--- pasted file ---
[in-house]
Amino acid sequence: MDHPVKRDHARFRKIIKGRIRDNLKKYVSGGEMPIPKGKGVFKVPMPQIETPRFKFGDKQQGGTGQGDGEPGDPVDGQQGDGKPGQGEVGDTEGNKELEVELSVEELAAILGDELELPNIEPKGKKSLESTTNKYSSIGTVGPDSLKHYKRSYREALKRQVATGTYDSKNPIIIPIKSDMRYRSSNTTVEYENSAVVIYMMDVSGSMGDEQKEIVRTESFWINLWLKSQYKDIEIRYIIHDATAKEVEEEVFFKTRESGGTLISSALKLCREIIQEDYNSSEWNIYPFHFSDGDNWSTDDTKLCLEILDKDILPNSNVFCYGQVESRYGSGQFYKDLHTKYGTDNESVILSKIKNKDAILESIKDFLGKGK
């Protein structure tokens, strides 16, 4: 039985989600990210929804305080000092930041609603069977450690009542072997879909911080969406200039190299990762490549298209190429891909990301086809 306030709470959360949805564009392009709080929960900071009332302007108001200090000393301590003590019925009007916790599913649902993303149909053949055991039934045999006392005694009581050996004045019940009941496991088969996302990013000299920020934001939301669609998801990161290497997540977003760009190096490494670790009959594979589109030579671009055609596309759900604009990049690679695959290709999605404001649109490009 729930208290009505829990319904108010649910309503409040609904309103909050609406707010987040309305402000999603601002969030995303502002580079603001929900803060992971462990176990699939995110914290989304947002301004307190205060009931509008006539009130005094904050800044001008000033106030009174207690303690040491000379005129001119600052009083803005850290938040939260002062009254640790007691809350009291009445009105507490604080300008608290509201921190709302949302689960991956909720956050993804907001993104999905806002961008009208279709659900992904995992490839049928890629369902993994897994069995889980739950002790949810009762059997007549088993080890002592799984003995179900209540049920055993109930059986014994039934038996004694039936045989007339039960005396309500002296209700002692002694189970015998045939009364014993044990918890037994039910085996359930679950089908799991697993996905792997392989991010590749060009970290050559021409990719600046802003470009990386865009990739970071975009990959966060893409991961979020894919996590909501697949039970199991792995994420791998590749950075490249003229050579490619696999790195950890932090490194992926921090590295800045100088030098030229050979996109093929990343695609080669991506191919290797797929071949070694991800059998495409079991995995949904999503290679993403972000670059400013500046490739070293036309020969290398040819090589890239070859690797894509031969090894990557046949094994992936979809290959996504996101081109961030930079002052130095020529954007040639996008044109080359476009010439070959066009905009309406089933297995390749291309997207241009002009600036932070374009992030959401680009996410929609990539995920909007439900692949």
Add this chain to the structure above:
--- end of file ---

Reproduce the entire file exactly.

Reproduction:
[in-house]
Amino acid sequence: MDHPVKRDHARFRKIIKGRIRDNLKKYVSGGEMPIPKGKGVFKVPMPQIETPRFKFGDKQQGGTGQGDGEPGDPVDGQQGDGKPGQGEVGDTEGNKELEVELSVEELAAILGDELELPNIEPKGKKSLESTTNKYSSIGTVGPDSLKHYKRSYREALKRQVATGTYDSKNPIIIPIKSDMRYRSSNTTVEYENSAVVIYMMDVSGSMGDEQKEIVRTESFWINLWLKSQYKDIEIRYIIHDATAKEVEEEVFFKTRESGGTLISSALKLCREIIQEDYNSSEWNIYPFHFSDGDNWSTDDTKLCLEILDKDILPNSNVFCYGQVESRYGSGQFYKDLHTKYGTDNESVILSKIKNKDAILESIKDFLGKGK
């Protein structure tokens, strides 16, 4: 039985989600990210929804305080000092930041609603069977450690009542072997879909911080969406200039190299990762490549298209190429891909990301086809 306030709470959360949805564009392009709080929960900071009332302007108001200090000393301590003590019925009007916790599913649902993303149909053949055991039934045999006392005694009581050996004045019940009941496991088969996302990013000299920020934001939301669609998801990161290497997540977003760009190096490494670790009959594979589109030579671009055609596309759900604009990049690679695959290709999605404001649109490009 729930208290009505829990319904108010649910309503409040609904309103909050609406707010987040309305402000999603601002969030995303502002580079603001929900803060992971462990176990699939995110914290989304947002301004307190205060009931509008006539009130005094904050800044001008000033106030009174207690303690040491000379005129001119600052009083803005850290938040939260002062009254640790007691809350009291009445009105507490604080300008608290509201921190709302949302689960991956909720956050993804907001993104999905806002961008009208279709659900992904995992490839049928890629369902993994897994069995889980739950002790949810009762059997007549088993080890002592799984003995179900209540049920055993109930059986014994039934038996004694039936045989007339039960005396309500002296209700002692002694189970015998045939009364014993044990918890037994039910085996359930679950089908799991697993996905792997392989991010590749060009970290050559021409990719600046802003470009990386865009990739970071975009990959966060893409991961979020894919996590909501697949039970199991792995994420791998590749950075490249003229050579490619696999790195950890932090490194992926921090590295800045100088030098030229050979996109093929990343695609080669991506191919290797797929071949070694991800059998495409079991995995949904999503290679993403972000670059400013500046490739070293036309020969290398040819090589890239070859690797894509031969090894990557046949094994992936979809290959996504996101081109961030930079002052130095020529954007040639996008044109080359476009010439070959066009905009309406089933297995390749291309997207241009002009600036932070374009992030959401680009996410929609990539995920909007439900692949």
Add this chain to the structure above: